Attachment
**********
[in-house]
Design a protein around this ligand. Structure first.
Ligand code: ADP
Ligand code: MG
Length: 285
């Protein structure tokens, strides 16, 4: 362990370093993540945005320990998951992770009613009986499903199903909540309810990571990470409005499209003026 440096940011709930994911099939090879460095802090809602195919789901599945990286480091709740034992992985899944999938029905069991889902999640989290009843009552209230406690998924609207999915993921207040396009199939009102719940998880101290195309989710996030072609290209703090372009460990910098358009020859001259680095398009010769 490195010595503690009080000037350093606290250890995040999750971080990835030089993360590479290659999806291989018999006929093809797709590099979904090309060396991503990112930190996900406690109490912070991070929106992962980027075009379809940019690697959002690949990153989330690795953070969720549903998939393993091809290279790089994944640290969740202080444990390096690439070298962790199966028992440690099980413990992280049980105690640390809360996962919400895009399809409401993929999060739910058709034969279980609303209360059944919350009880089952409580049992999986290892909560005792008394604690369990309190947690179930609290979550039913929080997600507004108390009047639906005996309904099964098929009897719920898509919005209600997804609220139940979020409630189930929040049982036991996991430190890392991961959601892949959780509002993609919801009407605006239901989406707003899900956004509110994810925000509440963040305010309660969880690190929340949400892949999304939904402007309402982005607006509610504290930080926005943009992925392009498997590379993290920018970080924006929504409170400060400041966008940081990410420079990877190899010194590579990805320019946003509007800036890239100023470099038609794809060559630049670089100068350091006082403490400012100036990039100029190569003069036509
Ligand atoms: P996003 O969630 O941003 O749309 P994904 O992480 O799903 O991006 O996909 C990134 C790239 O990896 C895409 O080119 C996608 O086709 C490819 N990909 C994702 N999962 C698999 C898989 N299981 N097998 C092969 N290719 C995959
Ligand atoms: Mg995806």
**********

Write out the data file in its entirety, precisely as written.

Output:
[in-house]
Design a protein around this ligand. Structure first.
Ligand code: ADP
Ligand code: MG
Length: 285
């Protein structure tokens, strides 16, 4: 362990370093993540945005320990998951992770009613009986499903199903909540309810990571990470409005499209003026 440096940011709930994911099939090879460095802090809602195919789901599945990286480091709740034992992985899944999938029905069991889902999640989290009843009552209230406690998924609207999915993921207040396009199939009102719940998880101290195309989710996030072609290209703090372009460990910098358009020859001259680095398009010769 490195010595503690009080000037350093606290250890995040999750971080990835030089993360590479290659999806291989018999006929093809797709590099979904090309060396991503990112930190996900406690109490912070991070929106992962980027075009379809940019690697959002690949990153989330690795953070969720549903998939393993091809290279790089994944640290969740202080444990390096690439070298962790199966028992440690099980413990992280049980105690640390809360996962919400895009399809409401993929999060739910058709034969279980609303209360059944919350009880089952409580049992999986290892909560005792008394604690369990309190947690179930609290979550039913929080997600507004108390009047639906005996309904099964098929009897719920898509919005209600997804609220139940979020409630189930929040049982036991996991430190890392991961959601892949959780509002993609919801009407605006239901989406707003899900956004509110994810925000509440963040305010309660969880690190929340949400892949999304939904402007309402982005607006509610504290930080926005943009992925392009498997590379993290920018970080924006929504409170400060400041966008940081990410420079990877190899010194590579990805320019946003509007800036890239100023470099038609794809060559630049670089100068350091006082403490400012100036990039100029190569003069036509
Ligand atoms: P996003 O969630 O941003 O749309 P994904 O992480 O799903 O991006 O996909 C990134 C790239 O990896 C895409 O080119 C996608 O086709 C490819 N990909 C994702 N999962 C698999 C898989 N299981 N097998 C092969 N290719 C995959
Ligand atoms: Mg995806």